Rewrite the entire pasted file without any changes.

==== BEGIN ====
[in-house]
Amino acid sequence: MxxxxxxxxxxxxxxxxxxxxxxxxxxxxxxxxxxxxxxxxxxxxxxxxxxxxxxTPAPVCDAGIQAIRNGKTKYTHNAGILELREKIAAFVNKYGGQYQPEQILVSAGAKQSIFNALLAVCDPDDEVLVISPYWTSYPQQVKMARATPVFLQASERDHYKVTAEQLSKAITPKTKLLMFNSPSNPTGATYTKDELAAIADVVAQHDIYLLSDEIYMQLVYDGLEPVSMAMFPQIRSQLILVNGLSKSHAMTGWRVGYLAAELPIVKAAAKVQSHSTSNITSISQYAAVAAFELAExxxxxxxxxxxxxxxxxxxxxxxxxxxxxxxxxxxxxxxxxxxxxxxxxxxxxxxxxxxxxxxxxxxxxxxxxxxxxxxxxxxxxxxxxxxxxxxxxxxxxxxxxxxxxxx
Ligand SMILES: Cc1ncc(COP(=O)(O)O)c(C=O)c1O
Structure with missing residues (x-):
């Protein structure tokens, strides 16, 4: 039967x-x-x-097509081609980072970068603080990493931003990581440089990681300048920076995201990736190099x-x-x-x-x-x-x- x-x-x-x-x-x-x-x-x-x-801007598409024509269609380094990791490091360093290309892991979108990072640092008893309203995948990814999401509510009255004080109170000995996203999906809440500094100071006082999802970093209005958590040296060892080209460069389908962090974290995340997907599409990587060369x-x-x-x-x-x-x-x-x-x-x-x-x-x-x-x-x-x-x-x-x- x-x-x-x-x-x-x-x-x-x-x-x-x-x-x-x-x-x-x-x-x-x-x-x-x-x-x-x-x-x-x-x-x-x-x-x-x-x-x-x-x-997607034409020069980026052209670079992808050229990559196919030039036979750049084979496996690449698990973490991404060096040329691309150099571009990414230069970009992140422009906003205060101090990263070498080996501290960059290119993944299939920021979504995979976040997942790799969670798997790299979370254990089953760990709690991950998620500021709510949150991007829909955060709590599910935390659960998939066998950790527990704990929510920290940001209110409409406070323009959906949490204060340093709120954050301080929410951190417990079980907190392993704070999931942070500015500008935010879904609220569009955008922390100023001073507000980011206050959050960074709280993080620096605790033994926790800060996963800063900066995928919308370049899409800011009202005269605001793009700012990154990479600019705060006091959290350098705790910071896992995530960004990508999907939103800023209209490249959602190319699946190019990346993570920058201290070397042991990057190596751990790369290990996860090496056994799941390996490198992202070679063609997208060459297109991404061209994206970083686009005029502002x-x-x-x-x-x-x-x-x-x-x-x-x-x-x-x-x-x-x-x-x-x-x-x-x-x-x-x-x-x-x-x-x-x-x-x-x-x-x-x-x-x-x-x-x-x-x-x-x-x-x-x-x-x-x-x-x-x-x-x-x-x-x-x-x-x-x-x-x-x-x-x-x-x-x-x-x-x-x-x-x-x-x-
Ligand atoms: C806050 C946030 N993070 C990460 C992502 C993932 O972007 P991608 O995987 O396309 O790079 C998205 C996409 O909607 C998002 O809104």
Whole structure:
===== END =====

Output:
[in-house]
Amino acid sequence: MxxxxxxxxxxxxxxxxxxxxxxxxxxxxxxxxxxxxxxxxxxxxxxxxxxxxxxTPAPVCDAGIQAIRNGKTKYTHNAGILELREKIAAFVNKYGGQYQPEQILVSAGAKQSIFNALLAVCDPDDEVLVISPYWTSYPQQVKMARATPVFLQASERDHYKVTAEQLSKAITPKTKLLMFNSPSNPTGATYTKDELAAIADVVAQHDIYLLSDEIYMQLVYDGLEPVSMAMFPQIRSQLILVNGLSKSHAMTGWRVGYLAAELPIVKAAAKVQSHSTSNITSISQYAAVAAFELAExxxxxxxxxxxxxxxxxxxxxxxxxxxxxxxxxxxxxxxxxxxxxxxxxxxxxxxxxxxxxxxxxxxxxxxxxxxxxxxxxxxxxxxxxxxxxxxxxxxxxxxxxxxxxxx
Ligand SMILES: Cc1ncc(COP(=O)(O)O)c(C=O)c1O
Structure with missing residues (x-):
């Protein structure tokens, strides 16, 4: 039967x-x-x-097509081609980072970068603080990493931003990581440089990681300048920076995201990736190099x-x-x-x-x-x-x- x-x-x-x-x-x-x-x-x-x-801007598409024509269609380094990791490091360093290309892991979108990072640092008893309203995948990814999401509510009255004080109170000995996203999906809440500094100071006082999802970093209005958590040296060892080209460069389908962090974290995340997907599409990587060369x-x-x-x-x-x-x-x-x-x-x-x-x-x-x-x-x-x-x-x-x- x-x-x-x-x-x-x-x-x-x-x-x-x-x-x-x-x-x-x-x-x-x-x-x-x-x-x-x-x-x-x-x-x-x-x-x-x-x-x-x-x-997607034409020069980026052209670079992808050229990559196919030039036979750049084979496996690449698990973490991404060096040329691309150099571009990414230069970009992140422009906003205060101090990263070498080996501290960059290119993944299939920021979504995979976040997942790799969670798997790299979370254990089953760990709690991950998620500021709510949150991007829909955060709590599910935390659960998939066998950790527990704990929510920290940001209110409409406070323009959906949490204060340093709120954050301080929410951190417990079980907190392993704070999931942070500015500008935010879904609220569009955008922390100023001073507000980011206050959050960074709280993080620096605790033994926790800060996963800063900066995928919308370049899409800011009202005269605001793009700012990154990479600019705060006091959290350098705790910071896992995530960004990508999907939103800023209209490249959602190319699946190019990346993570920058201290070397042991990057190596751990790369290990996860090496056994799941390996490198992202070679063609997208060459297109991404061209994206970083686009005029502002x-x-x-x-x-x-x-x-x-x-x-x-x-x-x-x-x-x-x-x-x-x-x-x-x-x-x-x-x-x-x-x-x-x-x-x-x-x-x-x-x-x-x-x-x-x-x-x-x-x-x-x-x-x-x-x-x-x-x-x-x-x-x-x-x-x-x-x-x-x-x-x-x-x-x-x-x-x-x-x-x-x-x-
Ligand atoms: C806050 C946030 N993070 C990460 C992502 C993932 O972007 P991608 O995987 O396309 O790079 C998205 C996409 O909607 C998002 O809104």
Whole structure: